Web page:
But, returning now to content, there is another considerable hurdle that hampers Becoming a Pastor Theologian, and it is editorial bias. Whether this bias was explicit or implicit, intended or accidental or even incidental, there is a clear, sub-denominational trend amidst the writers of these essays. There is a tendency (and a lean) towards Neo-Reformed thought, and, with that, a tendency towards complementarianism.

Becoming a Pastor TheologianWhereas such leans and tendencies, even biases, are not in themselves a problem — I tend to commend a writer or writers for sticking to their viewpoints instead of obscuring them — they do constitute a challenge to Wilson and Hiestand’s vision in the way they manifest in this book. The CPT, in word and in practice (judging from their fellowship lists), aims to work ecumenically, to advance a more inter-denominational vision of the pastor theologian. How can they do such without enlisting more diverse voices for their writing work? One essay referring to the Catholic John Henry Newman and one essay written by a woman discussing women’s theological role (but not, notably, their pastoral theological role) are simply not enough to constitute theological diversity; a that lack of reasoned theological diversity is problematic if the CPT purports to be “broadly” evangelical. Even the image of CPT fellows (shown above) is entirely white and entirely male.

What makes this lack of diversity problematic is, at the end of the day, that it harms Wilson and Hiestand’s stated vision. If the pastor theologian is, indeed, to be a social-, ethnographic-, and local- theologian, informed by the spaces he or she inhabits, then the future of good pastor theological work requires a diversity of inhabited spaces. Without that diversity, the work becomes narrowed and limited in its effectiveness. These two troubles, the poor writing in the weaker essays and the lack of diversity, are both serious threats to Wilson and Hiestand’s project as a whole, and they injure the effectiveness of Becoming a Pastor Theologian as a book.

Standout Essays on Local and Social Theology

That being said, there are more than a few standout essays to be underscored that make Becoming a Pastor Theologian more than worth its weight. Aside from Wilson and Hiestand’s articulate vision-casting essays and the opening salvos (written by three academic theologians whose works are already universally admired), there are three particularly engaging essays that bring a well-roundedness to the CPT’s work that I wish to highlight.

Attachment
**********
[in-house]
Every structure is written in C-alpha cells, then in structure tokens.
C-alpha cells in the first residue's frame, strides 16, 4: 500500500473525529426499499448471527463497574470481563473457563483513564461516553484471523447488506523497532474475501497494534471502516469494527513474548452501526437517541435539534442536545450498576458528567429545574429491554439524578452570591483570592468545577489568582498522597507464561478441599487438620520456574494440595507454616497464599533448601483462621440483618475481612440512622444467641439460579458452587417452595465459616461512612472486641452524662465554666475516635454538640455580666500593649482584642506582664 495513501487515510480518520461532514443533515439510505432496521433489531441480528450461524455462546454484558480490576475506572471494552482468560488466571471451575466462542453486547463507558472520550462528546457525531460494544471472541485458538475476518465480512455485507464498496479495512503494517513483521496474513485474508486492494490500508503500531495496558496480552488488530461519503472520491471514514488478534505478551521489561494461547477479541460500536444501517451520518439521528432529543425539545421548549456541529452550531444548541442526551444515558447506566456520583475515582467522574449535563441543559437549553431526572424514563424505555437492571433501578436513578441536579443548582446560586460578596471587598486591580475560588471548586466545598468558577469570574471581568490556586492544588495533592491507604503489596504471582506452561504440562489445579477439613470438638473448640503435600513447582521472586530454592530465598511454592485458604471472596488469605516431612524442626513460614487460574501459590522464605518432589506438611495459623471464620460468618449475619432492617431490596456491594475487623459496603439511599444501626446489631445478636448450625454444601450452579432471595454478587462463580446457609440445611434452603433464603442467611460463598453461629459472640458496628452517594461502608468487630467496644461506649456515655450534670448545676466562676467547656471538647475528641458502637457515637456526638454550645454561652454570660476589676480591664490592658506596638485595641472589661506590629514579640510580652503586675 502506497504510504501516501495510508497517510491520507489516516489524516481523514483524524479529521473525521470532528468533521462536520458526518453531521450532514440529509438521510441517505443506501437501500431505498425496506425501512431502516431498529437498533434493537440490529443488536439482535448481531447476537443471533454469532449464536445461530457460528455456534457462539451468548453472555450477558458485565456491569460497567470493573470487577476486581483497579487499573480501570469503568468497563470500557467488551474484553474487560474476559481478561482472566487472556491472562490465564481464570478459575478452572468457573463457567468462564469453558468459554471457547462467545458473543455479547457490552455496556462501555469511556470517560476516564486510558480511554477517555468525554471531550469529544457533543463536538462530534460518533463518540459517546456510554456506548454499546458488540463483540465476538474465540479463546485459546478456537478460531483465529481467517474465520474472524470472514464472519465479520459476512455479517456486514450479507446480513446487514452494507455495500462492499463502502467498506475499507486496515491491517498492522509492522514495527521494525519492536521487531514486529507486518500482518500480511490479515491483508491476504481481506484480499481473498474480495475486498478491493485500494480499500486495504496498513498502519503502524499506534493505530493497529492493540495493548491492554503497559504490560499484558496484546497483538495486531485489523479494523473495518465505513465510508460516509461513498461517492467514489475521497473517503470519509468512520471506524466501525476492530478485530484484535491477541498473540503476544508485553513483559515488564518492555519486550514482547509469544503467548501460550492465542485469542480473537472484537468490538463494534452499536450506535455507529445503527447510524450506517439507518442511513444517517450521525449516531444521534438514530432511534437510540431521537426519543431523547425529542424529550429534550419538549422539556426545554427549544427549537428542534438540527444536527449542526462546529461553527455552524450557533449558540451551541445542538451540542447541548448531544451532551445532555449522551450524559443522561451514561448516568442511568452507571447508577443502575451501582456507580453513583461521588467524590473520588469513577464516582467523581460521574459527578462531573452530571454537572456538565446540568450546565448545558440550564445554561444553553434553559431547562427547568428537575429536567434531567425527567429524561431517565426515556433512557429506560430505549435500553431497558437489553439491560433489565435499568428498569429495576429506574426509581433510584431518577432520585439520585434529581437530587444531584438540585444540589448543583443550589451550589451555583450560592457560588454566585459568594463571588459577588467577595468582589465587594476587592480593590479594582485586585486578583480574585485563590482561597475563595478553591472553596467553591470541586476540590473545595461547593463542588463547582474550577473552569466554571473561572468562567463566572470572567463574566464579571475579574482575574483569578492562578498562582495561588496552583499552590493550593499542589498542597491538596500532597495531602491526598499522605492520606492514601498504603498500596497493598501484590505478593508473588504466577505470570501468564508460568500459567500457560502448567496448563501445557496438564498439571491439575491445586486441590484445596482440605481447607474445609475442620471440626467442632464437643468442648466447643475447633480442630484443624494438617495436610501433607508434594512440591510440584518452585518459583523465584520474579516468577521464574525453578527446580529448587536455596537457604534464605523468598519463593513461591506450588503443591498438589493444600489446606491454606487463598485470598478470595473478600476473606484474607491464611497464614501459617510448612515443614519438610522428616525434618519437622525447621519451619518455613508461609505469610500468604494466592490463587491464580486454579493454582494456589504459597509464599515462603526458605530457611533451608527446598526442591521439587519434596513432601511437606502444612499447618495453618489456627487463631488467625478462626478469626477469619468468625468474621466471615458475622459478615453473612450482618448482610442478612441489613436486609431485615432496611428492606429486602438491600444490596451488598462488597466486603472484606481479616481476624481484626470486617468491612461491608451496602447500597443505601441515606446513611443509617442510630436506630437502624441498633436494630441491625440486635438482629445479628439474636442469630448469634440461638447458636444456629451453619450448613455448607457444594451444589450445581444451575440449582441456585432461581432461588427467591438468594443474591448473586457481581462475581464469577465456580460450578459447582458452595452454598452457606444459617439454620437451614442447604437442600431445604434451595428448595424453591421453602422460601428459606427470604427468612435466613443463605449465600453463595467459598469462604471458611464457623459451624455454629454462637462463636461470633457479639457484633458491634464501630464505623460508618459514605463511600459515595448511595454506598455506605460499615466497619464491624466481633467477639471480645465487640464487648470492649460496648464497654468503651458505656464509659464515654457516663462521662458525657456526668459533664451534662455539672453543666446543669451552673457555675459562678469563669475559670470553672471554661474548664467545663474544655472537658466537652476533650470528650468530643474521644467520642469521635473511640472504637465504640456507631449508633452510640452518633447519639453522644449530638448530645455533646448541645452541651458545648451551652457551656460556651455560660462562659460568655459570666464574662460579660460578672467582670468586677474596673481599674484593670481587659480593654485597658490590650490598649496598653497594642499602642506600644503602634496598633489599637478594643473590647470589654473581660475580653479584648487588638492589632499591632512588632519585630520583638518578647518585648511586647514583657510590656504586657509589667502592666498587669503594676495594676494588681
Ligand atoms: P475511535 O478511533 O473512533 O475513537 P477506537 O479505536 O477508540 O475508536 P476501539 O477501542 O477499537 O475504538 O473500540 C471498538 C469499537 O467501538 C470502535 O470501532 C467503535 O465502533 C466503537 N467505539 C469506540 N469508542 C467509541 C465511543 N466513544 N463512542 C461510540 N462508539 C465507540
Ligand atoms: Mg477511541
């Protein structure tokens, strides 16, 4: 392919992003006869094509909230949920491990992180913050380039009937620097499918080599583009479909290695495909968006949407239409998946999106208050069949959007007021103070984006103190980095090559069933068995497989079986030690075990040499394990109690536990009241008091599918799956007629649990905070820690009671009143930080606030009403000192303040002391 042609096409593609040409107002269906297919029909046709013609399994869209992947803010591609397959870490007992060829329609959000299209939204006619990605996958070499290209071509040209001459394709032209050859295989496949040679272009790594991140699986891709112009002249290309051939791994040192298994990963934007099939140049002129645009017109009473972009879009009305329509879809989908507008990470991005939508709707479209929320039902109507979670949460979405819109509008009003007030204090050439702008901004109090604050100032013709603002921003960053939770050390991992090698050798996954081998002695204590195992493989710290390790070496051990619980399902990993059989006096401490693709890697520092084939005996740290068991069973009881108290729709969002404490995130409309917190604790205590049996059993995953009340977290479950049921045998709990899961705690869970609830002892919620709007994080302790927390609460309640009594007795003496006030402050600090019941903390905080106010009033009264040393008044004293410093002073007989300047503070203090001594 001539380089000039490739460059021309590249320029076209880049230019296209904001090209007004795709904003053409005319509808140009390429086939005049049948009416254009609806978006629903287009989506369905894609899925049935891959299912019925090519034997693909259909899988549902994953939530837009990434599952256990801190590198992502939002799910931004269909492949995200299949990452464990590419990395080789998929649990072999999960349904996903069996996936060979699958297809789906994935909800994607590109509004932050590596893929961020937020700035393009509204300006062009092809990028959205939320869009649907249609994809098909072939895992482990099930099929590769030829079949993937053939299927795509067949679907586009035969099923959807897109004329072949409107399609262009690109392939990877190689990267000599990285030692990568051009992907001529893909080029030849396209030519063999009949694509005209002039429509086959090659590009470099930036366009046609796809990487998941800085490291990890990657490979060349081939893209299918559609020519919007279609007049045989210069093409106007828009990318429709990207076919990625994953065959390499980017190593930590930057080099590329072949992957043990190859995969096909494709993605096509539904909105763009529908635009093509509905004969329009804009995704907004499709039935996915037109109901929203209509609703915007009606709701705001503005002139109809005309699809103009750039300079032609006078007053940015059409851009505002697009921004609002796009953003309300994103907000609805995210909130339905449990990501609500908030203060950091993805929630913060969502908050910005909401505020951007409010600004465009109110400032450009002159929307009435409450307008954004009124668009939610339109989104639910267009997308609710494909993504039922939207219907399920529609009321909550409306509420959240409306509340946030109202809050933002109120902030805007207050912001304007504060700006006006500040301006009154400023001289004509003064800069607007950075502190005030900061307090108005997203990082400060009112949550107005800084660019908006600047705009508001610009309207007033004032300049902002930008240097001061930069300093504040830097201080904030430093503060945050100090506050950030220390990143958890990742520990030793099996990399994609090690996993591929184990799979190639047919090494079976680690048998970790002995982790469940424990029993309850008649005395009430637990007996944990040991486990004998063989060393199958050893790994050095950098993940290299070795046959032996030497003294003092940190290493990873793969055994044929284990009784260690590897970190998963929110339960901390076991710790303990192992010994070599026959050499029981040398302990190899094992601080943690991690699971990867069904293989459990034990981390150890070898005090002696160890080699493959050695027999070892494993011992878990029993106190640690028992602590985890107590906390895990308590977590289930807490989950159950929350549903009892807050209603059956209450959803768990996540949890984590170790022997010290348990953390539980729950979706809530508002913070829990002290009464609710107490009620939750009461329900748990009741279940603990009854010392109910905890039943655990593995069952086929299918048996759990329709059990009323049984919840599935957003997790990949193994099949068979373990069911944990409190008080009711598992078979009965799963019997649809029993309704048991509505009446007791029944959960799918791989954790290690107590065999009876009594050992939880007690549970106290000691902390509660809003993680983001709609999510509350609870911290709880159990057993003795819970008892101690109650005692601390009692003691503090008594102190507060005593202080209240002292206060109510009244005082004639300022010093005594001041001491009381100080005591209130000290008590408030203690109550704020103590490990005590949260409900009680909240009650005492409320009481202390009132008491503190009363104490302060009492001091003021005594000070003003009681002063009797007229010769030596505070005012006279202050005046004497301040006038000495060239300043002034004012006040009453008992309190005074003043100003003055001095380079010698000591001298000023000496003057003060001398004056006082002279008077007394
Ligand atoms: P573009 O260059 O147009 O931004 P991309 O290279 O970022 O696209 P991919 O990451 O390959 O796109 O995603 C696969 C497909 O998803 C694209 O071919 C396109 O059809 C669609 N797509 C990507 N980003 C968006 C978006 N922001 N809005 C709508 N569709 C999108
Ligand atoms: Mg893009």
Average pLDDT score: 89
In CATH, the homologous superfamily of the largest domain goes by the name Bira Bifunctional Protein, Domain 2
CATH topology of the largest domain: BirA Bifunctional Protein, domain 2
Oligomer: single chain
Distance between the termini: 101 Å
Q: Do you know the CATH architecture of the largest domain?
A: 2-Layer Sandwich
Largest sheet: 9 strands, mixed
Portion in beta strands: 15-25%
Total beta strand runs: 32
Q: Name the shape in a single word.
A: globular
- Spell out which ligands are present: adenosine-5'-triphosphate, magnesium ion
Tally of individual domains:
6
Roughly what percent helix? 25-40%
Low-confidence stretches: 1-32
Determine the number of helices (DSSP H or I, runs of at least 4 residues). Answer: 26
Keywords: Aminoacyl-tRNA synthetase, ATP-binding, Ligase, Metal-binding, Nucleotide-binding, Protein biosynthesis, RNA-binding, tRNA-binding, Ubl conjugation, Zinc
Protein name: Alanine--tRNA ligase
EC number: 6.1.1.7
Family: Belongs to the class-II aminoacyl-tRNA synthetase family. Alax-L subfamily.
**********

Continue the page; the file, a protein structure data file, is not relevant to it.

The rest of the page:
The first is Scott M. Manetsch’s essay on John Calvin’s Geneva. This historical reflection discusses the unique ways Calvin’s theological community impacted both the social and the political in Geneva through regular theological reflection. Whether we like Calvin or not (and whether we agree with his magisterial political theology or not), the essay provides a powerful “social imaginary” for considering the role of the pastor theologian in his or her city, as well within the network of ecumenically-committed churches in that city. What Manetsch’s essay does most successfully is cast a vision for new constructive orderings of theological-, social-, and political- community, and reveals the role of the pastor theologian(s) in ordering and endowing life to that vision.

The second great essay is Chris Castaldo’s reflecting on the life of John Henry Newman. Mentorship is an all-too-often neglected gift of the church and, given that the stereotypical vision of a pastor theologian is “the scholar in the study,” re-considering mentorship from a theological and pastoral perspective is incredibly valuable. Castaldo’s intermingling of biography and mentoring wisdom provides a jumping-point for reinvigorating this long-lost gift of the Church.

Finally, the conclusory essay by Douglas Estes on the letter of II John and the pastor theologian’s call to write was fantastic. Beyond deftly navigating the postmodern understanding of écriture, Estes reflects on the phenomenology of writing in a way that is absolutely crucial for the task of the pastor theologian, reminding us that writing is the mediation between the theological work and its effect, manifest in an audience. Even further, Estes raises the same challenge I raised earlier in this review, that pastor theological work ought to be well-written. As a closing note, Estes’ essay gives me hope of better and brighter things for the CPT in the future.

Final Thoughts

Altogether, Becoming a Pastor Theologian is a suitable starting-point for those considering what pastor theological work looks like. It provokes certain assumptions and challenges certain selfish desires, and it prioritizes, rightly, the role of the local, the ethnographic, the social, and the ecclesial in the work of the pastor theologian. Despite their well-articulated vision, Wilson and Hiestand’s editorial decisions constitute a challenge to their work, with essays that need further refining before publishing and a lack of diversity in the author-base. Still, their essays, the essays of the three well-established theologians, and the three essays I highlighted above all make the work more than worthwhile, and I look forward to seeing more fruits of their labor with the CPT. The problems are not so big as to be insurmountable, and I am hopeful that their vision will bring about more and more change to the understanding of the pastor theologian’s role in the Church for years to come